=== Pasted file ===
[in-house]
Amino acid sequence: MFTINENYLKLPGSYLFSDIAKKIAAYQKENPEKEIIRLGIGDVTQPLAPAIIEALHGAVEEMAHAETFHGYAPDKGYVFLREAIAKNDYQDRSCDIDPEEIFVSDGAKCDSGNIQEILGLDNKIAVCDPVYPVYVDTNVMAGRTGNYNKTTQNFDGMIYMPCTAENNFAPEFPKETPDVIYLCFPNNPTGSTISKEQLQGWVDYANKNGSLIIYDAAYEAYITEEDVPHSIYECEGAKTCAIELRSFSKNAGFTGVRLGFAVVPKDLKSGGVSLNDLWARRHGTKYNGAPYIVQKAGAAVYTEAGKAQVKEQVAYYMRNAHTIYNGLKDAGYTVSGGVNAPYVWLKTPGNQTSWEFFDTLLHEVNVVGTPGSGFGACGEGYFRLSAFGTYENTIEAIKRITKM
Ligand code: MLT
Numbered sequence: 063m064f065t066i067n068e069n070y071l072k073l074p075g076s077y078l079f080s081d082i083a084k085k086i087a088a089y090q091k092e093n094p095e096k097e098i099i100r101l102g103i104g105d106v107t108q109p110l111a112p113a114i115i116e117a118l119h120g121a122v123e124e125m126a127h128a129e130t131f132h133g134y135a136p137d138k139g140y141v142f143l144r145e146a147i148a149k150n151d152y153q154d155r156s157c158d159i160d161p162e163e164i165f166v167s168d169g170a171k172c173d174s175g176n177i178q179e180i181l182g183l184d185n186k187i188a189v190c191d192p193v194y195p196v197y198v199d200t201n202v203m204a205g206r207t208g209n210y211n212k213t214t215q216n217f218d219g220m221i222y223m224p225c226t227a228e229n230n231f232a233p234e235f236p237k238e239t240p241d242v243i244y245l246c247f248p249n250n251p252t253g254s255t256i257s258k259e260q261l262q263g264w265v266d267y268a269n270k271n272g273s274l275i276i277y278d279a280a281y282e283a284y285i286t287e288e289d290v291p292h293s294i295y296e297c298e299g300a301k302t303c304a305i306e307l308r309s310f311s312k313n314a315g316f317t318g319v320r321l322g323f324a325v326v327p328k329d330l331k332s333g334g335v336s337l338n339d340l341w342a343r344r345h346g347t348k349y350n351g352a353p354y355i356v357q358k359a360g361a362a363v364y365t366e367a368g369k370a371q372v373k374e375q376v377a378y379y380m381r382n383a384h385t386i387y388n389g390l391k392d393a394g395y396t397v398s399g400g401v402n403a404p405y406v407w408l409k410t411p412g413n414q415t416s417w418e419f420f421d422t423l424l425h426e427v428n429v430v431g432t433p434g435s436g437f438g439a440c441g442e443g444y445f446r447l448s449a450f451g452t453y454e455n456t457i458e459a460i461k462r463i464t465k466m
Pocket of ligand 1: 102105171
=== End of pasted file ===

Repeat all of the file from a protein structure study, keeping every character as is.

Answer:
[in-house]
Amino acid sequence: MFTINENYLKLPGSYLFSDIAKKIAAYQKENPEKEIIRLGIGDVTQPLAPAIIEALHGAVEEMAHAETFHGYAPDKGYVFLREAIAKNDYQDRSCDIDPEEIFVSDGAKCDSGNIQEILGLDNKIAVCDPVYPVYVDTNVMAGRTGNYNKTTQNFDGMIYMPCTAENNFAPEFPKETPDVIYLCFPNNPTGSTISKEQLQGWVDYANKNGSLIIYDAAYEAYITEEDVPHSIYECEGAKTCAIELRSFSKNAGFTGVRLGFAVVPKDLKSGGVSLNDLWARRHGTKYNGAPYIVQKAGAAVYTEAGKAQVKEQVAYYMRNAHTIYNGLKDAGYTVSGGVNAPYVWLKTPGNQTSWEFFDTLLHEVNVVGTPGSGFGACGEGYFRLSAFGTYENTIEAIKRITKM
Ligand code: MLT
Numbered sequence: 063m064f065t066i067n068e069n070y071l072k073l074p075g076s077y078l079f080s081d082i083a084k085k086i087a088a089y090q091k092e093n094p095e096k097e098i099i100r101l102g103i104g105d106v107t108q109p110l111a112p113a114i115i116e117a118l119h120g121a122v123e124e125m126a127h128a129e130t131f132h133g134y135a136p137d138k139g140y141v142f143l144r145e146a147i148a149k150n151d152y153q154d155r156s157c158d159i160d161p162e163e164i165f166v167s168d169g170a171k172c173d174s175g176n177i178q179e180i181l182g183l184d185n186k187i188a189v190c191d192p193v194y195p196v197y198v199d200t201n202v203m204a205g206r207t208g209n210y211n212k213t214t215q216n217f218d219g220m221i222y223m224p225c226t227a228e229n230n231f232a233p234e235f236p237k238e239t240p241d242v243i244y245l246c247f248p249n250n251p252t253g254s255t256i257s258k259e260q261l262q263g264w265v266d267y268a269n270k271n272g273s274l275i276i277y278d279a280a281y282e283a284y285i286t287e288e289d290v291p292h293s294i295y296e297c298e299g300a301k302t303c304a305i306e307l308r309s310f311s312k313n314a315g316f317t318g319v320r321l322g323f324a325v326v327p328k329d330l331k332s333g334g335v336s337l338n339d340l341w342a343r344r345h346g347t348k349y350n351g352a353p354y355i356v357q358k359a360g361a362a363v364y365t366e367a368g369k370a371q372v373k374e375q376v377a378y379y380m381r382n383a384h385t386i387y388n389g390l391k392d393a394g395y396t397v398s399g400g401v402n403a404p405y406v407w408l409k410t411p412g413n414q415t416s417w418e419f420f421d422t423l424l425h426e427v428n429v430v431g432t433p434g435s436g437f438g439a440c441g442e443g444y445f446r447l448s449a450f451g452t453y454e455n456t457i458e459a460i461k462r463i464t465k466m
Pocket of ligand 1: 102105171